[The following will probably appear eventually in Good News, the magazine of the Diocese of Connecticut and is provided here for those who don’t want to wait or who won’t get it no matter how long they wait.]

A friend forwarded an e-mail question last week that had come from a parishioner: “What should I read to learn about eternal life?” I e-mailed back the suggestion that she read the Bible. I suggested specifically Romans 15 and John 11. I added references to Augustine, Aquinas, and John Donne. The next day Peter Hawkins’ new book* arrived in the mail and the subtitle suggested that this might be another answer to the question. Well, as the Hertz commercials used to say, “Not exactly.”

I saw that the book was based on the Lyman Beecher lectures on preaching at Yale and thought the book might be about preaching on heaven. But “not exactly.”

If, on the other hand, you have always thought you ought to read Dante’s Divine Comedy just because, like Mt. Everest, “it’s there” and maybe you even tried to once but got bogged down in the Borgias and various obscure Italian bishops, this book might rekindle your interest.

Peter Hawkins loves Dante and has written other books about Dante. This time he sets out to offer his readers a way to think about “the life of the world to come” by way, primarily, of Dante. Certainly no one has ever provided so clear a map to that world as Dante. It’s all there in three intimidating volumes: Hell, Purgatory, Heaven. You have to make your way past a gruesome variety of medieval Italians suffering for their failures to get even into Purgatory and then climb the seven-storied mountain of rehabilitation in order to come even close to the Beatific Vision. And when (if) you make it all the way, it’s not at all what the Bible offered. No gates of pearl and golden streets and saints falling down and incense going up, but just Beatrice with her Mona Lisa smile and a rose unfolding and something about the love “that moves the sun and the other stars.” But Hawkins gives us a road map, a perspective, that might move you to try again and even if not, he helps us see what Dante is up to and why it matters.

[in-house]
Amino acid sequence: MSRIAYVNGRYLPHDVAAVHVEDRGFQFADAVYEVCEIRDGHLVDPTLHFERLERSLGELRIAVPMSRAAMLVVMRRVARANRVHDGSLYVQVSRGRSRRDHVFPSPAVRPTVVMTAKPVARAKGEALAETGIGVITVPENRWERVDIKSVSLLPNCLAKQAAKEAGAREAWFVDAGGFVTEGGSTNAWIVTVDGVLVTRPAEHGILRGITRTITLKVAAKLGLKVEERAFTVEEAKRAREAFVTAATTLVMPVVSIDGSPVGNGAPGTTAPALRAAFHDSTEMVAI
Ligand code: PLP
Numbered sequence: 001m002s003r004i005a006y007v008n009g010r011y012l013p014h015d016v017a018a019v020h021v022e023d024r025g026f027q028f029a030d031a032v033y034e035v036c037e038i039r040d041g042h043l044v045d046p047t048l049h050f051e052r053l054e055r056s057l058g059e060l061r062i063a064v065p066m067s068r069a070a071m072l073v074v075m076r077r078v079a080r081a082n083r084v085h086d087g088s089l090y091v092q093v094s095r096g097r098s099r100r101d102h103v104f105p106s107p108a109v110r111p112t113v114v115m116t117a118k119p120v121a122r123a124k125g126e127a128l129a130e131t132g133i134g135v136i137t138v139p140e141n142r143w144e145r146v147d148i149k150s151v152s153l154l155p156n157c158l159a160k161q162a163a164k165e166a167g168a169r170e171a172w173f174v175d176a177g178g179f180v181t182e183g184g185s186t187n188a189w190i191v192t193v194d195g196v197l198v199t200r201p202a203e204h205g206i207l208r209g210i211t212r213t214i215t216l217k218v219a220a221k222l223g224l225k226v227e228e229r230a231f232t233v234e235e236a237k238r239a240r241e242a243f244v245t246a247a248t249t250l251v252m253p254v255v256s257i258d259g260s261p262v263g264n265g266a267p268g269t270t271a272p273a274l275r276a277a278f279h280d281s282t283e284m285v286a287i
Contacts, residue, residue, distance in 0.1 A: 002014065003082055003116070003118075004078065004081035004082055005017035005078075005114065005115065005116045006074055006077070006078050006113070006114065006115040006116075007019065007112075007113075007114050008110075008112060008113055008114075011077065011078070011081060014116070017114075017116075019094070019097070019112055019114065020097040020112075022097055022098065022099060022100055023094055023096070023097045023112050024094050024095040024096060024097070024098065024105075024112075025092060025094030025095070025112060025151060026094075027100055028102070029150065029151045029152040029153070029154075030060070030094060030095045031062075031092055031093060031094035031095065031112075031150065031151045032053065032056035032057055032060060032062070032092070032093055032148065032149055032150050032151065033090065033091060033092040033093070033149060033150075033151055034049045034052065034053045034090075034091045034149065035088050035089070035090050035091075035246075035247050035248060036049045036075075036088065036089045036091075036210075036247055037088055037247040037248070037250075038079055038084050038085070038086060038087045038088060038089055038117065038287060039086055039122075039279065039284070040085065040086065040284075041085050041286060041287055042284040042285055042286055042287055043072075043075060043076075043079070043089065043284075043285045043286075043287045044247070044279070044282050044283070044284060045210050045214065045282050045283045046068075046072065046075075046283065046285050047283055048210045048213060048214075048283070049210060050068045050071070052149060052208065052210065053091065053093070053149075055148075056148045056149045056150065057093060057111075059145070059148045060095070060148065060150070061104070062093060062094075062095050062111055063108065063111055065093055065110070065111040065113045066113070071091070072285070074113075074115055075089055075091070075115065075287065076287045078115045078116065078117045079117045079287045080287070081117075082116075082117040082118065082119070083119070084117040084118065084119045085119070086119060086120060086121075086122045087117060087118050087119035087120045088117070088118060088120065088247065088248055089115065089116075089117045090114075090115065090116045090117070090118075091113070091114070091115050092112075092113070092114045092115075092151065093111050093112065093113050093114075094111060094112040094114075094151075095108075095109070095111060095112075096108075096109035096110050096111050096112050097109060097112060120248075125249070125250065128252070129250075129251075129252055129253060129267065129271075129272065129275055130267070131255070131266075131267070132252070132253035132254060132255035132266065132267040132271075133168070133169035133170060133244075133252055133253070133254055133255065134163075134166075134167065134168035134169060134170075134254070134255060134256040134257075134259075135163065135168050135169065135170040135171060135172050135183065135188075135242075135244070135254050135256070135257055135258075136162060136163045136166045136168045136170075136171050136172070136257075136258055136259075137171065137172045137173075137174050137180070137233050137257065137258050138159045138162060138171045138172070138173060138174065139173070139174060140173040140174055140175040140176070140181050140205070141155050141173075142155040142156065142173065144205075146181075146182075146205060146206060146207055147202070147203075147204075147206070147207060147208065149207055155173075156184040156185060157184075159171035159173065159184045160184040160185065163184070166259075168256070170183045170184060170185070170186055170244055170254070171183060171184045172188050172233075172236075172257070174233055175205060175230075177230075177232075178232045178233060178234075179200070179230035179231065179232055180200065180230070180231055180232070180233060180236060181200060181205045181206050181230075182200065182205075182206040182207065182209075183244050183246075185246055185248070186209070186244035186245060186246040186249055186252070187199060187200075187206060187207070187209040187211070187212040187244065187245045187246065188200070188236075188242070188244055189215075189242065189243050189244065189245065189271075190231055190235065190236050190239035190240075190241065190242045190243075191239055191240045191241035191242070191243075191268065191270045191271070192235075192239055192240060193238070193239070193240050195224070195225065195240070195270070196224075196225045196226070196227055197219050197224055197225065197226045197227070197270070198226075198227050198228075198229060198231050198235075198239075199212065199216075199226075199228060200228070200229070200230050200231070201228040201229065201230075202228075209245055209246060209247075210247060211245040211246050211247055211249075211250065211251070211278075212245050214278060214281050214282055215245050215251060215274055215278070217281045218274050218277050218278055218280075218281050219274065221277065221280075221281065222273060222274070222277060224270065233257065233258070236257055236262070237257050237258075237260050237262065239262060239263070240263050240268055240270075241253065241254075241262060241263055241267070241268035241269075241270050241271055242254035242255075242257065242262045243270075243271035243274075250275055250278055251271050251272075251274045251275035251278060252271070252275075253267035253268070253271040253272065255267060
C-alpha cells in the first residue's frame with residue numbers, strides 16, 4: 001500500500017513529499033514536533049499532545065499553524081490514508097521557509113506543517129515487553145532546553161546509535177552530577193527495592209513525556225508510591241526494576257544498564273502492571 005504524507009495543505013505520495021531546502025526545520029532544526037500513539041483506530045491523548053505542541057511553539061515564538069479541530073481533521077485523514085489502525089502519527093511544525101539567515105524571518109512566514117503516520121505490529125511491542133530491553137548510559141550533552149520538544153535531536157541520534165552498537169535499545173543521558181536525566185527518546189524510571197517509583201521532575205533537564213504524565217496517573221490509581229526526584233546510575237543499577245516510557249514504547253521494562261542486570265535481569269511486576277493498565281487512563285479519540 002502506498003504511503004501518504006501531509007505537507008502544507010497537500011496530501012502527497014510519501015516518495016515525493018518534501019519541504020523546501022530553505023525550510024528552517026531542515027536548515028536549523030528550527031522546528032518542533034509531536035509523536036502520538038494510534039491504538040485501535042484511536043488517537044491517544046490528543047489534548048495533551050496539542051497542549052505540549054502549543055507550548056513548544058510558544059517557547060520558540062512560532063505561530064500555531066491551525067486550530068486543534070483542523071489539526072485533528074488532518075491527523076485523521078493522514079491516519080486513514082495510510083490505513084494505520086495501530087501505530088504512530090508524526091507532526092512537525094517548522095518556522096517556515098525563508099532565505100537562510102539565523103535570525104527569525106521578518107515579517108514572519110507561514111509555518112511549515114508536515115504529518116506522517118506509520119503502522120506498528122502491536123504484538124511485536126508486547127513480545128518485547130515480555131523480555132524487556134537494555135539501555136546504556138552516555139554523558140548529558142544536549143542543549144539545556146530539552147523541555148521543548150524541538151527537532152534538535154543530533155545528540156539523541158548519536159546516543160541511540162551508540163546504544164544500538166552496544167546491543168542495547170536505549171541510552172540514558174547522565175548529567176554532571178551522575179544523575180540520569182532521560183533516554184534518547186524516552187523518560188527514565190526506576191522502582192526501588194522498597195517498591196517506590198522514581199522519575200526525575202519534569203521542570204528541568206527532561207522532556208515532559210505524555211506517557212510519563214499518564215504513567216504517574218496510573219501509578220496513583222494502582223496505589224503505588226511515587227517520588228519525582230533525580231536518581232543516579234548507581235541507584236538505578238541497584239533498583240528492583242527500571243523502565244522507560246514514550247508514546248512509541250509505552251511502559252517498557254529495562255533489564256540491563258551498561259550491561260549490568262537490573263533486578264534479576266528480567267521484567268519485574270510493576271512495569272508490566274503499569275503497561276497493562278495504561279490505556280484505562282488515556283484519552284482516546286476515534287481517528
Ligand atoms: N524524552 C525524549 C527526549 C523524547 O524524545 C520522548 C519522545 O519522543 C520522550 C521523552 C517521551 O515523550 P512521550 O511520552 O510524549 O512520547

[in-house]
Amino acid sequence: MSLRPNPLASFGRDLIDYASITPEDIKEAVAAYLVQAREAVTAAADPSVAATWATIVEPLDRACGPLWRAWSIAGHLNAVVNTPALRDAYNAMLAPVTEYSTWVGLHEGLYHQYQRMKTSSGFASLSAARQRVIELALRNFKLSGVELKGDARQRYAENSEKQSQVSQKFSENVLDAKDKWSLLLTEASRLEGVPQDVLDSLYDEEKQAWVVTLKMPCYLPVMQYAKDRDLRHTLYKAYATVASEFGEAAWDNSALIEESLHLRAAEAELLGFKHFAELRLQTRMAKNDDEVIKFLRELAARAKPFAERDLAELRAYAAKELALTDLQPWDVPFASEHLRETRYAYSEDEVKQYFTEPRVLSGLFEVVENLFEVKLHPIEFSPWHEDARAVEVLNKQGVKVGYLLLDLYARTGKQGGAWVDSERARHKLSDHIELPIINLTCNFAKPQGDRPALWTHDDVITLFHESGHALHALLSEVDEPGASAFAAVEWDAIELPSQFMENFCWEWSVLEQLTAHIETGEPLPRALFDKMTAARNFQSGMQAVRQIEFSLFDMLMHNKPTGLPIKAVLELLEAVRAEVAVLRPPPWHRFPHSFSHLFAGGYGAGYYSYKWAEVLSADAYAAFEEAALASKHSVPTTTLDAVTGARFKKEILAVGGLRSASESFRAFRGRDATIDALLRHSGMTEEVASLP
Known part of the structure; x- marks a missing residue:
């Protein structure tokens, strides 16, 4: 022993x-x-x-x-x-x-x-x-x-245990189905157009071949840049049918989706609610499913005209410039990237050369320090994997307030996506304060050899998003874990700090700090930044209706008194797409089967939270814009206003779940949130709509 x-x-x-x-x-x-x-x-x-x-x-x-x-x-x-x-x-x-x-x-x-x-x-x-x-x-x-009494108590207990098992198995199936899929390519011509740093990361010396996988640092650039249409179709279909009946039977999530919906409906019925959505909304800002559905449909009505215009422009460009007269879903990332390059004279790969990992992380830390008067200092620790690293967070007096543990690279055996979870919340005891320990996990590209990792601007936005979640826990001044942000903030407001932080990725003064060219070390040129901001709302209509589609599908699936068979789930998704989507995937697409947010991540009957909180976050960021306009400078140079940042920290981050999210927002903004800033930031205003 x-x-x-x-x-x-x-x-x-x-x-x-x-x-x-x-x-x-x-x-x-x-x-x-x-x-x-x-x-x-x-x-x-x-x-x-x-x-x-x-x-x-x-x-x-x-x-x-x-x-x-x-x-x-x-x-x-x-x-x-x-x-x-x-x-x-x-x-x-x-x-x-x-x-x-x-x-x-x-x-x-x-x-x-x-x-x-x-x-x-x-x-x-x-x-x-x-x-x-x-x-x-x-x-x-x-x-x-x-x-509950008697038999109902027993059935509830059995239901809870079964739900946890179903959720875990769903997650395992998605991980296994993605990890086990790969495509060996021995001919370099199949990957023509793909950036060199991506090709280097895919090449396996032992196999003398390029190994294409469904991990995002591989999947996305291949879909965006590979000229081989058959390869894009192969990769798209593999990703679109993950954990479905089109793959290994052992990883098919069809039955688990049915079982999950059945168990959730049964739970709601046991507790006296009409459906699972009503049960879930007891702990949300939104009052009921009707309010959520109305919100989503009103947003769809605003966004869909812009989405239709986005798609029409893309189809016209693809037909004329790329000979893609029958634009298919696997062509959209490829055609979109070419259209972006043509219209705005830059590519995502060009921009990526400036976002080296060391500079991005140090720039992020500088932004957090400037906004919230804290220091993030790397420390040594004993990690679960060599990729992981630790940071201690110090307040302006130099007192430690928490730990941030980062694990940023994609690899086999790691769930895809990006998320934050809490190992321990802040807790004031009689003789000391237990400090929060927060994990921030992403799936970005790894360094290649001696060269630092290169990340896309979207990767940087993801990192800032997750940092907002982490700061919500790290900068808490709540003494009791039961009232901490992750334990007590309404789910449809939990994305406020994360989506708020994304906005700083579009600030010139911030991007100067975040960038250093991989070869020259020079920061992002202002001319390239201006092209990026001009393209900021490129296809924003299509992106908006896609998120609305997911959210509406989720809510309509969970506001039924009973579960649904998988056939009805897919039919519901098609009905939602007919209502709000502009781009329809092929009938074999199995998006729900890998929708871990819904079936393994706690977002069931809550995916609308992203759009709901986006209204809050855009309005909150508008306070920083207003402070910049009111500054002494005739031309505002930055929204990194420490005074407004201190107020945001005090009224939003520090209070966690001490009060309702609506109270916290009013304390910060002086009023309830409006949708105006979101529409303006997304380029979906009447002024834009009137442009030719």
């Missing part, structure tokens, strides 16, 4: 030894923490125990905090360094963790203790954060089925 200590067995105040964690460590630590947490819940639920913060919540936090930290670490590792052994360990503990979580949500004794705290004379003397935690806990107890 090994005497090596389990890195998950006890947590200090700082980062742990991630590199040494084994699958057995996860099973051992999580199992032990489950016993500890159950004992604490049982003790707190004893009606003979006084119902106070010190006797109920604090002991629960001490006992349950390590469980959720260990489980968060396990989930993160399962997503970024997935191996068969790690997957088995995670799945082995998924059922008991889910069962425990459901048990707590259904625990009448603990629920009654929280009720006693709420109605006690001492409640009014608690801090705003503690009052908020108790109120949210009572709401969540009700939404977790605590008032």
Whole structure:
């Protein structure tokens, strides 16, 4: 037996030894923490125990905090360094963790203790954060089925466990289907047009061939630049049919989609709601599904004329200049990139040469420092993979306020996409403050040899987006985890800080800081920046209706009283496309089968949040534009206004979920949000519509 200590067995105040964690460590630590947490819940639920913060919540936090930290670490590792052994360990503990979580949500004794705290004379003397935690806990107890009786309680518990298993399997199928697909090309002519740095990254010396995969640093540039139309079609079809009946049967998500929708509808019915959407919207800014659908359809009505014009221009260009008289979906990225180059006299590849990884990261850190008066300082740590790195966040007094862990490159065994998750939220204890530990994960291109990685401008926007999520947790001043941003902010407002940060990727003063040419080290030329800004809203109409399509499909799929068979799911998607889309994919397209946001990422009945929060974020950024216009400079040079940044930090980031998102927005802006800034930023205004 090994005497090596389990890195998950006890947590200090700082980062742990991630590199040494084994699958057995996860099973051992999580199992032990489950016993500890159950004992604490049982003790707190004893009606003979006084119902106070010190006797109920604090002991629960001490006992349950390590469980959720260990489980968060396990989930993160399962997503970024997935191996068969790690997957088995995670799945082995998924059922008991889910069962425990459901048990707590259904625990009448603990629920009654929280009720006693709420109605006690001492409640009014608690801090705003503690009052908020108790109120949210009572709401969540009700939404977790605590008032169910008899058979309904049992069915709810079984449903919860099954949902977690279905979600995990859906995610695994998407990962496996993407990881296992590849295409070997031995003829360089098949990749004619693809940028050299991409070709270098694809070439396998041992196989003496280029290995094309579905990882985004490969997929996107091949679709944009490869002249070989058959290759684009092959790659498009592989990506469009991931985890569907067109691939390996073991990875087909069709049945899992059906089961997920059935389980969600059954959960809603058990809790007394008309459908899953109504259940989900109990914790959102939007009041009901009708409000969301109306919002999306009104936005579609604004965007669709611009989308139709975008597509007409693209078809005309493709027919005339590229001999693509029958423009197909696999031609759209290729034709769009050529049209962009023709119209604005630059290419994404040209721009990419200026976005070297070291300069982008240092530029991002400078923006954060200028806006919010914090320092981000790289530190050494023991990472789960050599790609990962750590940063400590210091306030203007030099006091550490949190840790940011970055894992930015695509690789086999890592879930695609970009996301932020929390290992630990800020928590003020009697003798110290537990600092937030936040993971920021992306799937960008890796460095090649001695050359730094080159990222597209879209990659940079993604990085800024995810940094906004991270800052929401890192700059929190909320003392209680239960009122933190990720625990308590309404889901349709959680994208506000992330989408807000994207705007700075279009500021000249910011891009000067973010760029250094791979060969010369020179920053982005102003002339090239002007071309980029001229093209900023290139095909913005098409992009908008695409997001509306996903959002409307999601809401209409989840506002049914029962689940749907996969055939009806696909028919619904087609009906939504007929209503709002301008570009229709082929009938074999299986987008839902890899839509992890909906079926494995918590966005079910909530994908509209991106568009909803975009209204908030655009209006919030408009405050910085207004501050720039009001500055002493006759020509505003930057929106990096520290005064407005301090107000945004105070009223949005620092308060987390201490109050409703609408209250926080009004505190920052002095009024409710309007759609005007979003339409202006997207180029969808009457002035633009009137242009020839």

And it does matter. There are comments along the way – probably sadly valid – about the inability of most preachers to be articulate on the subject of life hereafter, but is “life without illusions,” Hawkins wonders, “interesting enough to support life in the here and now?” Isn’t it critically important to look at life here “sub specie eternitatis,” in what Donne calls “the light of glory,” in order to get through the day? We’ve had presidents who mocked “the vision thing” – and look at the mess we’re in as a result.

I think it was Dorothy L. Sayers who said, “The best kept inns are on the through roads.” It’s the people who know where they’re going who make a difference in the places they stay because they aren’t that easily satisfied. Our pictures of heaven are all, of course, inadequate, but we need them to keep open a sense of possibility: that we are called to be something more and the time to start is now.

That’s enough for one book, but this book gives us a bit more than just Dante. Hawkins provides another perspective by showing us how Lyman Beecher’s son, Henry Ward Beecher, once called “the greatest man in America,” over-reacted to his father’s frightening views of hereafter by providing a prime example of what happens when the “vision of Eros run amuck.” There’s a bit in the same vein about Tammy Fay Bakker and more edifying appearances by Frederick Buechner, Marilynne Robinson, Wallace Stevens, John Donne, and, of course, Augustine.

If all that sounds heavy, be assured that it isn’t. Hawkins writes with clarity and grace and invites us along on a guided tour worth taking. It’s too late now for Lenten reading but not too late for summer reading or to use as a resource for Advent sermons on the four last things. This is a book not exactly like anything you have read before but exactly what we need to rekindle the vision that ought to shape our lives.

*Undiscovered Country: Imagining the World to Come, Peter S. Hawkins, Seabury Books, 2009.

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